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Inner Circle
Posts: 765
Reply with quote  #1 
As most of you know the cut on the new Bicycle cards with the Free App emblem on the front side of the case are tough to faro FD starting the top , which is how I faro, but easy to get a perfect faro starting with them FU in the hands. So what I do with the ones I bought at Costco is to faro them face up but don't push them in to square yet. Turn them face down and then bend the cards down at the ends with the RH to spring them into the LH. Keep doing that for 30 minutes and you will get the right bend in them and then you can faro FD without a problem.

 Or you can just get Phoenix decks that faro right out of the box which is what I do now.

Inner Circle
Posts: 273
Reply with quote  #2 
rready -- Hello! I'm certainly not a Faro expert but like just about everyone, I love the Faro as it is really a three-in-one move (a shuffle, a flourish, and control) and is executed without any cover. I prefer using Bikes simply because they are so prevelant in the USA. From my experience, most guys that Faro regularly can Faro in BOTH directions as the principle is the same; there are advantages to this (for example, using the "Penelope Principle" or a Table Faro require a bottom-top weave, while many routines only require the top cards to be Faroed and are perfect for a top-bottom approach). As you have pointed out, it depends on the cut of the cards from the factory, but I find that when I Faro cards in there natural direction (whatever that is) a dozen times or so I'm then able to Faro in either direction (a verification of your observation, for sure). Kostya Kimlet says he Faros a couple of dozen times to "break them in". Steven Youell applies a fairly detailed file/sanding process to the edges of the cards before using them (although I have not had too much luck with that). Turner Gold Seal Bikes are always good for Faroing right out of the box (either direction) and look like standard Bikes (Jason Ladayne removes the gold seal from the box, however), and with Bee thickness they definitely last longer than standard Bikes (too bad they cost more). When I purchase (frequently) Costco "bricks" (standard Bikes), I find that maybe 2-3 of the dozen decks are sometimes problematic for me. Phoenix cards are ALWAYS terrific and possess "additional" properties if needed (which everyone here is aware of, I'm sure). Bottom line, I agree with you, there are ways to adjust the cards to Faro the way you want Thanks for posting this tip -- johnny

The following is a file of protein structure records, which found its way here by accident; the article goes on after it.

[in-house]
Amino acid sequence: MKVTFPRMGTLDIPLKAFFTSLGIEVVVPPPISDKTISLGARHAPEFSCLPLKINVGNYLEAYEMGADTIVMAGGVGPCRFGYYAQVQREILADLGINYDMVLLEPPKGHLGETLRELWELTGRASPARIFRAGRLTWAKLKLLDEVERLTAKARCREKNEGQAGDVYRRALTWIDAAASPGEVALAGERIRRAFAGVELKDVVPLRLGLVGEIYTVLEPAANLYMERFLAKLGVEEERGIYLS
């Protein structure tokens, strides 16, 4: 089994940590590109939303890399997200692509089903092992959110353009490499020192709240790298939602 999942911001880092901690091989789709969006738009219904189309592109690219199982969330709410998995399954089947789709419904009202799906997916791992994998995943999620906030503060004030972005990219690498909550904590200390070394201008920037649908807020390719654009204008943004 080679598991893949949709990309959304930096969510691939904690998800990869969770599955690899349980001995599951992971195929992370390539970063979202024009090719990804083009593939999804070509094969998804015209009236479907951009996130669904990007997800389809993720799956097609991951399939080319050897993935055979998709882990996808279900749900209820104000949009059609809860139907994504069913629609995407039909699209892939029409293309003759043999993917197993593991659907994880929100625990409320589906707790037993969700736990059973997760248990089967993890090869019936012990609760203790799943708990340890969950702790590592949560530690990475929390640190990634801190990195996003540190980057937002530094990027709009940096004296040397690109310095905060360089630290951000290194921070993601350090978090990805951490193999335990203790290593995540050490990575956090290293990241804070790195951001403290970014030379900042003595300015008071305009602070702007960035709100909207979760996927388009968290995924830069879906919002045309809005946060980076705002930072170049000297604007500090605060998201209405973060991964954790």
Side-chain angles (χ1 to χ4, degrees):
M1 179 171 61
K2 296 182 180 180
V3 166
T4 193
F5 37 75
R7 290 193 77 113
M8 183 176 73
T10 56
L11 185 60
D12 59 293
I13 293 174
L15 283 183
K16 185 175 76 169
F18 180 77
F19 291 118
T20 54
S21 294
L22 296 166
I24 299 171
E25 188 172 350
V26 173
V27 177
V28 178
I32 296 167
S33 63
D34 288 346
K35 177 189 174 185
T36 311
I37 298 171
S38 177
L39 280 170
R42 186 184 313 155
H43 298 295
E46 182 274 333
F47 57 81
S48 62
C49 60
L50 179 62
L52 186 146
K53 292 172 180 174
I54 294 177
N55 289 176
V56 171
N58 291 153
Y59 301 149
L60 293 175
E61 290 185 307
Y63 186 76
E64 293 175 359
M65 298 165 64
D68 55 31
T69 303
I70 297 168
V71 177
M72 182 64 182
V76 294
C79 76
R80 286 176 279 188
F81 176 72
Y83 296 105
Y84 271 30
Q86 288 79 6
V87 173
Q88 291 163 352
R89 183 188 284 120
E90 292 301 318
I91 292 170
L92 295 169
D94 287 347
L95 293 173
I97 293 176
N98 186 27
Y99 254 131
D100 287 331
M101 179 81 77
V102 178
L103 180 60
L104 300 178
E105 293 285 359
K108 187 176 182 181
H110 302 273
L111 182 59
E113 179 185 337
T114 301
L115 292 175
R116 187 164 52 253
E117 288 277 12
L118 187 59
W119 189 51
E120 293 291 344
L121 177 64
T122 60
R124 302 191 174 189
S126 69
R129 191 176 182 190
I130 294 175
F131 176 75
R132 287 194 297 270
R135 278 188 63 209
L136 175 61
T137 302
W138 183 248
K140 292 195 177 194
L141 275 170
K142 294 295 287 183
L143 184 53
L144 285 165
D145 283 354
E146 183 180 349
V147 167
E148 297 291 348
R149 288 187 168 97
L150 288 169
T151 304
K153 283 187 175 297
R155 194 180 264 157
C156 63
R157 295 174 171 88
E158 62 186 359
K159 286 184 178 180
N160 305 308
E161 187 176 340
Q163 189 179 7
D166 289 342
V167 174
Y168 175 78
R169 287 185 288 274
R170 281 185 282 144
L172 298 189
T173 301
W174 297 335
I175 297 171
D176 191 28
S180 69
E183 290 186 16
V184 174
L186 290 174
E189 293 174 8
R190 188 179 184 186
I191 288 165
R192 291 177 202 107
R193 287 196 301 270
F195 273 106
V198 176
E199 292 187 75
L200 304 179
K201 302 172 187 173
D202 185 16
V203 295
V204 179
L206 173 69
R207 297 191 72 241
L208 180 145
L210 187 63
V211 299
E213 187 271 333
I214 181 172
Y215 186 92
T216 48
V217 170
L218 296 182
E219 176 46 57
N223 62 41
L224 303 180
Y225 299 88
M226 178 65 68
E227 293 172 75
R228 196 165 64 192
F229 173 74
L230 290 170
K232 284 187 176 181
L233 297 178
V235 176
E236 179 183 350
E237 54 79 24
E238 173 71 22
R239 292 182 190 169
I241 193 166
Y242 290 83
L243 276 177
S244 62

Cardshark Quixote

Inner Circle
Posts: 359
Reply with quote  #3 
Nice technique rready.

I also use Bikes JohnnyNewYork. I switch back & forth between Standard & Jumbo though. I happen to like the big blocky numbers & faces of the latter.
My latest cards are standard Bikes from a Costco brick.
I love the Phoenix decks. They're beautiful. And I've heard nothing but good things from the Turner Gold Seals.
The good thing about some effects that use the Faro is that it doesn't have to be perfect. Sometimes only a good chunk of the deck needs to be interlaced.
Tom G

Honored Member
Posts: 1,284
Reply with quote  #4 
Bikes here too.  Over the years I've picked up so many Bike gimmicks it'd be foolish to change. I am a big fan of the Turner Gold Seals though.  And the "Buffing the Deck" video by Steven Youell is worth it for treating a standard deck, although I just use a very fine paper instead of the nail board.

A couple of weeks ago I went to a lecture at a magic shop and decided to try a Phoenix deck, and not to start a flame war, just for me, wasn't all that impressed.
Barrett S

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Inner Circle
Posts: 354
Reply with quote  #5 

rready et al, I feel compelled to write this.  

I do not perform.  But, I can faro most of the time.  Conditions will be a factor.  First, I learned to faro from the Mike Close pdf.  That's it.  Bottom up.  

I also will "file" now and then per the Steven Youell YouTube.  Seems like many folks have that file!  I made a little box that when you drop the cards in puts them at a 45 degree angle.  Then I file away.  It seems to help.  But, here's the thing.  If you get a deck that is fighting you, turn it over and try it that way, i.e., face up.  Bet they go right in.  That's the cut of the paper (sometimes the kind of paper).  

Agreeing with Tom G, I try to grab Richard Turner's fine decks when I can.  Tom G... Phoenix... me too!

I got a box o' Bikes at Costco.  I have opened just a couple and they faro like butter.  Who knows what lurks...

Finally, I was talking about this with a friend who is a professional.  We agreed if a deck is fighting you, put in in a pile for non-faro tricks.  It is not easy to do a perfect faro, but, when you don't perform (me), are extremely old and decrepit (me), watching tv (me), good time to practice. And like Mr. Lorayne says, one day, it was there...

Hope this helps.  

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